Of Castile, whom he divorced later on the ground of consanguinity.
The gens in turn was regarded as an expansion of the family, as was the state of the gens; and members of these larger units by worship of common ancestors - usually mythical - kept alive the feeling that they were a single organic whole animated by a common soul and joined in consanguinity.
On the 3rd of May Bothwell's divorce from his wife was decreed by the civil court, on the ground of his adultery with a maidservant, and on the 7th by the Roman Catholic court on the ground of consanguinity.
Created between two or more monks by voluntary agreement, which was regarded as of far more intimacy and stringency than any which the mere accident of consanguinity implied.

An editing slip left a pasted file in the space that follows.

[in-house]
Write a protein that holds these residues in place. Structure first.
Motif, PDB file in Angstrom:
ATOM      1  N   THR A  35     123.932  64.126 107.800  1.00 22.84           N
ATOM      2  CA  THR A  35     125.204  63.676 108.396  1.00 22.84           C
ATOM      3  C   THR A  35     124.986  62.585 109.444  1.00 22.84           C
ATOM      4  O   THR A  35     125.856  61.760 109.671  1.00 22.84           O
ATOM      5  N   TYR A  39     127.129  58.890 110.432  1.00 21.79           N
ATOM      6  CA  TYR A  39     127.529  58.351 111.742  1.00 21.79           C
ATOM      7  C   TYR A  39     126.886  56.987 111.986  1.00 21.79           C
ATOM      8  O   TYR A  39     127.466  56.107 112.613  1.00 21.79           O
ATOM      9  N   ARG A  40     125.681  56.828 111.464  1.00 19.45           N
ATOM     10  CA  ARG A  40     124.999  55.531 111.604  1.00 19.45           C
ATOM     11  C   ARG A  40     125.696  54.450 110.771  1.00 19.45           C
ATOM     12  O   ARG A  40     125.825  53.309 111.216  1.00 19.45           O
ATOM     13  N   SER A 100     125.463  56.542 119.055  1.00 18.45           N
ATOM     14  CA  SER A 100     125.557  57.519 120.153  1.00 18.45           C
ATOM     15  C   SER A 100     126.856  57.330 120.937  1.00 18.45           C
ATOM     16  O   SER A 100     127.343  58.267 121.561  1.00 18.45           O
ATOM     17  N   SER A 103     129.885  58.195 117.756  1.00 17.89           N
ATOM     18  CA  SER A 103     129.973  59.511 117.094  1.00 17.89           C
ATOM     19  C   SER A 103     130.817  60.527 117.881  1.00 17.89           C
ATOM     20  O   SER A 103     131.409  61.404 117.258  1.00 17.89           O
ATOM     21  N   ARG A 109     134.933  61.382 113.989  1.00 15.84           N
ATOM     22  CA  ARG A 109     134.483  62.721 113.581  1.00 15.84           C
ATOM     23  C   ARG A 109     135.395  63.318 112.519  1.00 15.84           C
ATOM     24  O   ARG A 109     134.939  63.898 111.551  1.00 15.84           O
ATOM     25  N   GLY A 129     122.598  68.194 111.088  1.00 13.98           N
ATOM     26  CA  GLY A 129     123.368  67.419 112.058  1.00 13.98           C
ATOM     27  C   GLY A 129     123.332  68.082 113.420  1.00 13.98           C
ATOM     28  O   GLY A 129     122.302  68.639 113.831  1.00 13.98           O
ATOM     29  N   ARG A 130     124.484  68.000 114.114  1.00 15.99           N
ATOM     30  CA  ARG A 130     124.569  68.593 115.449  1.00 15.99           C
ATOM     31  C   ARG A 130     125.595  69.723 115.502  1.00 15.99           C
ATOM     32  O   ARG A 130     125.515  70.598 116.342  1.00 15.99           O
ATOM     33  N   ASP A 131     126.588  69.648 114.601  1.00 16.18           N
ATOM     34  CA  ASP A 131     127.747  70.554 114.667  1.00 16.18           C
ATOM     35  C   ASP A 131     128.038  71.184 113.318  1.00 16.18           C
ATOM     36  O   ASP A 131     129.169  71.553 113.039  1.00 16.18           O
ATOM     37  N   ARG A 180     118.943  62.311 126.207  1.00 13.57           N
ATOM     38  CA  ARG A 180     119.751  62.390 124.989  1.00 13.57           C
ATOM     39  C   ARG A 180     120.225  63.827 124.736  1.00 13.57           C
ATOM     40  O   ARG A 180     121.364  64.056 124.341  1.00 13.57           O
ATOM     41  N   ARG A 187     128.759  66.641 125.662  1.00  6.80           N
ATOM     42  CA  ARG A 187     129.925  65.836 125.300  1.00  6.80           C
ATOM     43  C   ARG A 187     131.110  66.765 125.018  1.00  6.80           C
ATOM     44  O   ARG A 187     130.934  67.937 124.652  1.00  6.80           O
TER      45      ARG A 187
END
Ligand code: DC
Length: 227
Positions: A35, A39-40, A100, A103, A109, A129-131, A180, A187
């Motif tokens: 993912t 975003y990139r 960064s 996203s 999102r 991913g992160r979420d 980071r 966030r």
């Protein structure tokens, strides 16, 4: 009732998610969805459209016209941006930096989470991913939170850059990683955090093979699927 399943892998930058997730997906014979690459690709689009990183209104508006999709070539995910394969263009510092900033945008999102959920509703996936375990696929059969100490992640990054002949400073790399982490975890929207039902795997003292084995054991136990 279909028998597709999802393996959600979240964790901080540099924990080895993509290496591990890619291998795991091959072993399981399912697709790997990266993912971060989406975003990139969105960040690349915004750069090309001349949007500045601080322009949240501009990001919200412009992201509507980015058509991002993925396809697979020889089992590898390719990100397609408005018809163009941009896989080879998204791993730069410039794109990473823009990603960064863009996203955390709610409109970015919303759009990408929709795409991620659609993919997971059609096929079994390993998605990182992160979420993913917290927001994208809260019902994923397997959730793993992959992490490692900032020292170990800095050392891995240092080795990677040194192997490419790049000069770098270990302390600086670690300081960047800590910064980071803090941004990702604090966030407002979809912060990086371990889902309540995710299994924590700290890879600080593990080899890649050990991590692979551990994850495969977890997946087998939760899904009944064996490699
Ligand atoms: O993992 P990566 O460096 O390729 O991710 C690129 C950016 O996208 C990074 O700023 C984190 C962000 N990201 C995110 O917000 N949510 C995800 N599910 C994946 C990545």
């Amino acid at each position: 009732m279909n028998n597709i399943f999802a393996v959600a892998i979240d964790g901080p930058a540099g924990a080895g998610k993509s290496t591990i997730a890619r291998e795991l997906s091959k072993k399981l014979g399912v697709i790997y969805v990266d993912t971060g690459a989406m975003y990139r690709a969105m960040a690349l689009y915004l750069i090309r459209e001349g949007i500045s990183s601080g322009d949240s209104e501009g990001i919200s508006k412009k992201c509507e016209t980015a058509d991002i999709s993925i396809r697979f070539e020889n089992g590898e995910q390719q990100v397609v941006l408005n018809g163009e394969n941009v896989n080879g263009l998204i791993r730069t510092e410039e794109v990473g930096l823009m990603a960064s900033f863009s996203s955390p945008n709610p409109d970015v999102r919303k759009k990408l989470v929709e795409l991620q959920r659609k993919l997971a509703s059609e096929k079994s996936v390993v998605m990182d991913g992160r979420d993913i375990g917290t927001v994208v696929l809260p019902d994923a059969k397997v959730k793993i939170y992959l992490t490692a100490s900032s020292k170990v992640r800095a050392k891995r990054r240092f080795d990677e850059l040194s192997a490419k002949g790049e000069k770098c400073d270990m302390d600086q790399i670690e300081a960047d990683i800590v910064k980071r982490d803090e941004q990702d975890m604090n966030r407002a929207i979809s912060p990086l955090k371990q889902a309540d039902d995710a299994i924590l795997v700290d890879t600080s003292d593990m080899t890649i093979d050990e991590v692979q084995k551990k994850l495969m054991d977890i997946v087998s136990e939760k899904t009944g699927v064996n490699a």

A law passed in May 1908 against nepotism (closely following the Texas law of 1907) forbids public officers to appoint (or vote for) any person related to them by affinity or consanguinity within the third degree to any position in the government of which they are a part; makes persons thus related to public officers ineligible to positions in the branch in which their relative is an official; and renders any official making such an appointment liable to fine and removal from office.